Harry Potter and the Prisoner of Azkaban

The third installment in the Harry Potter franchise is less thematically poignant than the previous two films. But it’s also more technically accomplished and emotionally compelling.

Warning: some spoilers are in this review.

The primary theme of the series as a whole is bigotry. The first installment of the series focuses in on house rivalries and how that colors one’s perception of a could-be villain, while the second more directly tackles the ideas of racism and even racial cleansing.

The beginning of The Prisoner of Azkaban picks that up right where it left off. Uncle Vernon’s sister Marge is visiting, and she turns out to be even more vile than her brother. When it comes to Harry’s supposed bad path in life, Marge says “You can’t blame yourself, Vernon, it’s all to do with blood, bad blood.” This infuriates Harry, which leads to his accidentally blowing her up like a balloon. Naturally.

It’s not hard to see how this relates to the themes of the series as a whole. But the film leaves that idea right there, rather than using it to set a tone for the rest of the film (it will return to that idea in a later twist, but in a way that makes it appear thematically uneven).

Here, a different idea takes its place. Harry learns that notorious serial killer Sirius Black is on the loose.  Because of this, the dementors have come to Hogwarts – magical creatures that feed on the happiness of people.  They’re the guards of Azkaban (the wizard prison), and have come to the school looking for Sirius Black.  Harry is especially vulnerable to them, which causes no end of self-consciousness and frustration for the young wizard.  The dementors themselves form just as much of the plot of this film as Black’s escape does, and the reason why is hardly an accident.  But more on that in a moment.

“What does that have to do with me?” Harry asks of Sirius Black’s escape.  And yet, it isn’t too long before Harry learns that the notorious Sirius Black was once his father’s best friend – and Harry’s godfather – before betraying them and turning them over to Voldemort.  It’s at this moment that you can first see Daniel Radcliffe really coming into his role as Harry – when he declares that he’s going to kill Sirius Black.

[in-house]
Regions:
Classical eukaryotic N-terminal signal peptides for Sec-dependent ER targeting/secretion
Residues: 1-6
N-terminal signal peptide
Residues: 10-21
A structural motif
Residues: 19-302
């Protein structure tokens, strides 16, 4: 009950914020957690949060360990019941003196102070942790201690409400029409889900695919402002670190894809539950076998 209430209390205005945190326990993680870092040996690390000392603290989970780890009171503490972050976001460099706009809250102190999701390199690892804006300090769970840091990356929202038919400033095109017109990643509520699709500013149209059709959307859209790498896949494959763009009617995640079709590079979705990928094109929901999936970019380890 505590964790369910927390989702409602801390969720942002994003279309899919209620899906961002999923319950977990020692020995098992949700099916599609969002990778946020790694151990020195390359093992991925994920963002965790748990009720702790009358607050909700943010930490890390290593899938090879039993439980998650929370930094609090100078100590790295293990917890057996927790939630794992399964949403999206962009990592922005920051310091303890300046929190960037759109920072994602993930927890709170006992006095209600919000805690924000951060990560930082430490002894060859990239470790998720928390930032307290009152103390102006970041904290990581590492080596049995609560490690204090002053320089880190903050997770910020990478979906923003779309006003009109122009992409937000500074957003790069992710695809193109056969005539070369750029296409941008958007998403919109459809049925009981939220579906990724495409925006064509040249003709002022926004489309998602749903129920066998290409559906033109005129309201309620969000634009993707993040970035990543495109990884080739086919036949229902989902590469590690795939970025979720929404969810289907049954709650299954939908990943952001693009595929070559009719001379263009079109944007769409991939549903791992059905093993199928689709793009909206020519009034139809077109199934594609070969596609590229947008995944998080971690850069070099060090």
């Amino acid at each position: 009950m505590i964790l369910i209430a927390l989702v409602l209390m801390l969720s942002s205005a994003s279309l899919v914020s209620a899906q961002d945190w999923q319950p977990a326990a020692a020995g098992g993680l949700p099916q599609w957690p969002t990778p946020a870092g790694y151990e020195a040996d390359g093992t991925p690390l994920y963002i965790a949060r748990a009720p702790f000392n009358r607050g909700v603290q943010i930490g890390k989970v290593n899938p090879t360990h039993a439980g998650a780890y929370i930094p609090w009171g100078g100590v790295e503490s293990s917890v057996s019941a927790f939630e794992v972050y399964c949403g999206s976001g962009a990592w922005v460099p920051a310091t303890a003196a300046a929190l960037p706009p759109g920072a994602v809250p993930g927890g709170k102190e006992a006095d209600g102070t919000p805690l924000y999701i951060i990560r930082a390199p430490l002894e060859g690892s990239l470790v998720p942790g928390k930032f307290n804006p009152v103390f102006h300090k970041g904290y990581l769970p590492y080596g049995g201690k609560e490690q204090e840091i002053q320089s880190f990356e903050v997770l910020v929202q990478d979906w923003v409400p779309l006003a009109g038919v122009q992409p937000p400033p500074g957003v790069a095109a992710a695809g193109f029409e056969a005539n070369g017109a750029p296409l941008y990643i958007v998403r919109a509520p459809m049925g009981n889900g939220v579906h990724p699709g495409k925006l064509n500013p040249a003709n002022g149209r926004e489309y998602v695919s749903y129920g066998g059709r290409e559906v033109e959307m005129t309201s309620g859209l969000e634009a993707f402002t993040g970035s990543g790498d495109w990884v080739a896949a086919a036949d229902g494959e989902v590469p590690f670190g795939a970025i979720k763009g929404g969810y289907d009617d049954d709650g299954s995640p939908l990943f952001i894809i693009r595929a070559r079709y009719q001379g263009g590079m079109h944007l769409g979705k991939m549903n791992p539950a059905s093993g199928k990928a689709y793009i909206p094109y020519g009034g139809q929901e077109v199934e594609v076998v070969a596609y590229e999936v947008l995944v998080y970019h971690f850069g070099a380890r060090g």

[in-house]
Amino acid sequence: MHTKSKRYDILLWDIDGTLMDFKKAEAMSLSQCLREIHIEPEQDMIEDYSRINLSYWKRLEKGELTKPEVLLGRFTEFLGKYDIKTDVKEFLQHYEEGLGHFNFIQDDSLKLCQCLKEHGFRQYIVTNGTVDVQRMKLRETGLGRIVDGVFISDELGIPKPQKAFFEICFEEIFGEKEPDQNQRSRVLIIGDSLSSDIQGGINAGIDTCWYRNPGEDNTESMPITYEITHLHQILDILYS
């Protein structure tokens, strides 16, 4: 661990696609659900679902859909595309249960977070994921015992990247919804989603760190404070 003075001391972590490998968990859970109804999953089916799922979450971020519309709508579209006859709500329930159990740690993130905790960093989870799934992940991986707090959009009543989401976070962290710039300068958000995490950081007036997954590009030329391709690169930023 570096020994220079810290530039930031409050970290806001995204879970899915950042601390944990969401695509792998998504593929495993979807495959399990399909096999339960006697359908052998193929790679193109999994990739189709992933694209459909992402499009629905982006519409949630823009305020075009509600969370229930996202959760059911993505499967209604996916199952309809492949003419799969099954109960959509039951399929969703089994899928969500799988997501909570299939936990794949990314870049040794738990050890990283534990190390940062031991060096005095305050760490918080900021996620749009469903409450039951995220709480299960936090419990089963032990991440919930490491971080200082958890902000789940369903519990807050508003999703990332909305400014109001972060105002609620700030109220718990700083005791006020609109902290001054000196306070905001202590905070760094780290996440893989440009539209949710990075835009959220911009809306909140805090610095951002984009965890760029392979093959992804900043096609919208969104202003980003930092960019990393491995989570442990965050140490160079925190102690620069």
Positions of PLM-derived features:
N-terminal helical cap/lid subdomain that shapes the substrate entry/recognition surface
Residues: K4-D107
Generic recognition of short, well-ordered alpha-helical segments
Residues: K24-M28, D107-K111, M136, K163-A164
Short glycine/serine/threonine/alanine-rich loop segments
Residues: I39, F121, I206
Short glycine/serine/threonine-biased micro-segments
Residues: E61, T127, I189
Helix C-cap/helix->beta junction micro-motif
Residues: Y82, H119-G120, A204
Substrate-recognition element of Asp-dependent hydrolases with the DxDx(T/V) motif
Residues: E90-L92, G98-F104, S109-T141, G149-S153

But there’s a curious dichotomy here, because while the dementors are feeding on Harry and he’s feeding his anger and hate, Remus Lupin, the new Defense Against the Dark Arts teacher, is a calming voice. Remus went to school with Harry’s parents, and gives Harry a window into the family he didn’t get a chance to know. It’s Remus who teaches Harry the defense against dementors, called a patronus, which relies on a powerful happy thought.

The fact that Harry needs a happy thought to overcome the dementors is extremely important. It reminds us of the scripture “do not be overcome by evil, but overcome evil with good.” While Harry is struggling with his own anger (and Hermoine as well, who punches out Malfoy in a particularly satisfying scene), Remus has taught him to foster happiness and positivity. It doesn’t hurt that he’s formed a strong bond with the teacher as well (David Thewlis and Daniel Radcliffe are particularly good together on screen, too).

That focus pays off when the final climax comes. As Harry learns who the true traitor is, and that Remus wants to kill the man to avenge his beloved friends, Harry doesn’t join him. He stops him. He has no abiding love for the man, but he recognizes in that instant the difference between justice and revenge.

While this film does not have the strong emphasis on bigotry and racism (although there is a nod to that at the very end of the film), it is meant as a character development piece. And that’s something it accomplishes quite well. I’ve seen this film close to a dozen times by now, and every time I find myself affected by the emotion of Radcliffe’s performance, as well as those of Thewlis and Gary Oldman (Sirius Black). The idea of overcoming evil with good is a powerful one, and sets the stage for an important idea that will come much later: what separates us from them?

Rating: 9/10

Logan Judy
Logan Judy is a Christian blogger and science fiction author with a Batman complex. At Cross Culture, Logan writes about film, comics, cultural analysis, and whatever else strikes his fancy. In addition to his work at Cross Culture, Logan also blogs and podcasts at A Clear Lens. You can find him tweeting about Batman, apologetics, and why llamas will one day rule the world, @loganrjudy.
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